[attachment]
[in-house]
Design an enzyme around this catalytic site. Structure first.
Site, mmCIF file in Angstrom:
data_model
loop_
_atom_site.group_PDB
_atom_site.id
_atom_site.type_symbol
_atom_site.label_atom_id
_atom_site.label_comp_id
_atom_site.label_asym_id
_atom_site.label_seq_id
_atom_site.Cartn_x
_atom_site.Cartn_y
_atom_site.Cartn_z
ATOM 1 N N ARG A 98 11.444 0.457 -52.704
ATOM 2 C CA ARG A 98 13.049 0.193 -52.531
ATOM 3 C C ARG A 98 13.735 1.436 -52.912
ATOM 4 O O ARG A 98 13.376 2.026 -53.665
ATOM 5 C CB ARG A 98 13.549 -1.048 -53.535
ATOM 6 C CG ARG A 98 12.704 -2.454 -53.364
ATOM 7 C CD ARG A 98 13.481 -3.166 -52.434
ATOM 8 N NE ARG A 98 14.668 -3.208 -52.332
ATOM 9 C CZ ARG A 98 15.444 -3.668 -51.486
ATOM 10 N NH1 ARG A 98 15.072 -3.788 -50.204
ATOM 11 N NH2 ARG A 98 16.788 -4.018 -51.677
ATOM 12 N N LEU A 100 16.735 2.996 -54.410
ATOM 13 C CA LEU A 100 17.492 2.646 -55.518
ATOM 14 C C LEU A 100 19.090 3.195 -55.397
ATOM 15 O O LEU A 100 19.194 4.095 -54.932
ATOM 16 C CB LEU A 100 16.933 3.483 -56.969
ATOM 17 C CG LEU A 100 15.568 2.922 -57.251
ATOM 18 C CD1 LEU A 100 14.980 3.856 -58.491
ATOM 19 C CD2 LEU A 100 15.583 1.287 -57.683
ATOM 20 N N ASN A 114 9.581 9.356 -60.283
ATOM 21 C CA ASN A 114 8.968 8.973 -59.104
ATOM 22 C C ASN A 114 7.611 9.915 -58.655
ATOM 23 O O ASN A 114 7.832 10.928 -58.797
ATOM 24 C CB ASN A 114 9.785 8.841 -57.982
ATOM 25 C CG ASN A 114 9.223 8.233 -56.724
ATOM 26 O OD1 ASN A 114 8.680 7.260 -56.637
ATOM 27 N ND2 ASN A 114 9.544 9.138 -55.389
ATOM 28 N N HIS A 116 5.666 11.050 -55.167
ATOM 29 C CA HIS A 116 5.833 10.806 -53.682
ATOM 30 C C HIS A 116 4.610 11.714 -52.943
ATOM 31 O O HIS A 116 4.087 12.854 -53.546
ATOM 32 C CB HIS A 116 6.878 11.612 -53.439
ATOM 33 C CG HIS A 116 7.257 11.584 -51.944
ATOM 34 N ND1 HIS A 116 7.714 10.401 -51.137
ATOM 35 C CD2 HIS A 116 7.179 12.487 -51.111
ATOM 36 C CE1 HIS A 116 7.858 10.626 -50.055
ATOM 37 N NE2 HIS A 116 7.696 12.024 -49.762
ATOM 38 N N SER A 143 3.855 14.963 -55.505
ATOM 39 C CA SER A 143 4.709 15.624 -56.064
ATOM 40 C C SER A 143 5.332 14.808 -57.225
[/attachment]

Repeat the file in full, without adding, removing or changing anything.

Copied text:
[in-house]
Design an enzyme around this catalytic site. Structure first.
Site, mmCIF file in Angstrom:
data_model
loop_
_atom_site.group_PDB
_atom_site.id
_atom_site.type_symbol
_atom_site.label_atom_id
_atom_site.label_comp_id
_atom_site.label_asym_id
_atom_site.label_seq_id
_atom_site.Cartn_x
_atom_site.Cartn_y
_atom_site.Cartn_z
ATOM 1 N N ARG A 98 11.444 0.457 -52.704
ATOM 2 C CA ARG A 98 13.049 0.193 -52.531
ATOM 3 C C ARG A 98 13.735 1.436 -52.912
ATOM 4 O O ARG A 98 13.376 2.026 -53.665
ATOM 5 C CB ARG A 98 13.549 -1.048 -53.535
ATOM 6 C CG ARG A 98 12.704 -2.454 -53.364
ATOM 7 C CD ARG A 98 13.481 -3.166 -52.434
ATOM 8 N NE ARG A 98 14.668 -3.208 -52.332
ATOM 9 C CZ ARG A 98 15.444 -3.668 -51.486
ATOM 10 N NH1 ARG A 98 15.072 -3.788 -50.204
ATOM 11 N NH2 ARG A 98 16.788 -4.018 -51.677
ATOM 12 N N LEU A 100 16.735 2.996 -54.410
ATOM 13 C CA LEU A 100 17.492 2.646 -55.518
ATOM 14 C C LEU A 100 19.090 3.195 -55.397
ATOM 15 O O LEU A 100 19.194 4.095 -54.932
ATOM 16 C CB LEU A 100 16.933 3.483 -56.969
ATOM 17 C CG LEU A 100 15.568 2.922 -57.251
ATOM 18 C CD1 LEU A 100 14.980 3.856 -58.491
ATOM 19 C CD2 LEU A 100 15.583 1.287 -57.683
ATOM 20 N N ASN A 114 9.581 9.356 -60.283
ATOM 21 C CA ASN A 114 8.968 8.973 -59.104
ATOM 22 C C ASN A 114 7.611 9.915 -58.655
ATOM 23 O O ASN A 114 7.832 10.928 -58.797
ATOM 24 C CB ASN A 114 9.785 8.841 -57.982
ATOM 25 C CG ASN A 114 9.223 8.233 -56.724
ATOM 26 O OD1 ASN A 114 8.680 7.260 -56.637
ATOM 27 N ND2 ASN A 114 9.544 9.138 -55.389
ATOM 28 N N HIS A 116 5.666 11.050 -55.167
ATOM 29 C CA HIS A 116 5.833 10.806 -53.682
ATOM 30 C C HIS A 116 4.610 11.714 -52.943
ATOM 31 O O HIS A 116 4.087 12.854 -53.546
ATOM 32 C CB HIS A 116 6.878 11.612 -53.439
ATOM 33 C CG HIS A 116 7.257 11.584 -51.944
ATOM 34 N ND1 HIS A 116 7.714 10.401 -51.137
ATOM 35 C CD2 HIS A 116 7.179 12.487 -51.111
ATOM 36 C CE1 HIS A 116 7.858 10.626 -50.055
ATOM 37 N NE2 HIS A 116 7.696 12.024 -49.762
ATOM 38 N N SER A 143 3.855 14.963 -55.505
ATOM 39 C CA SER A 143 4.709 15.624 -56.064
ATOM 40 C C SER A 143 5.332 14.808 -57.225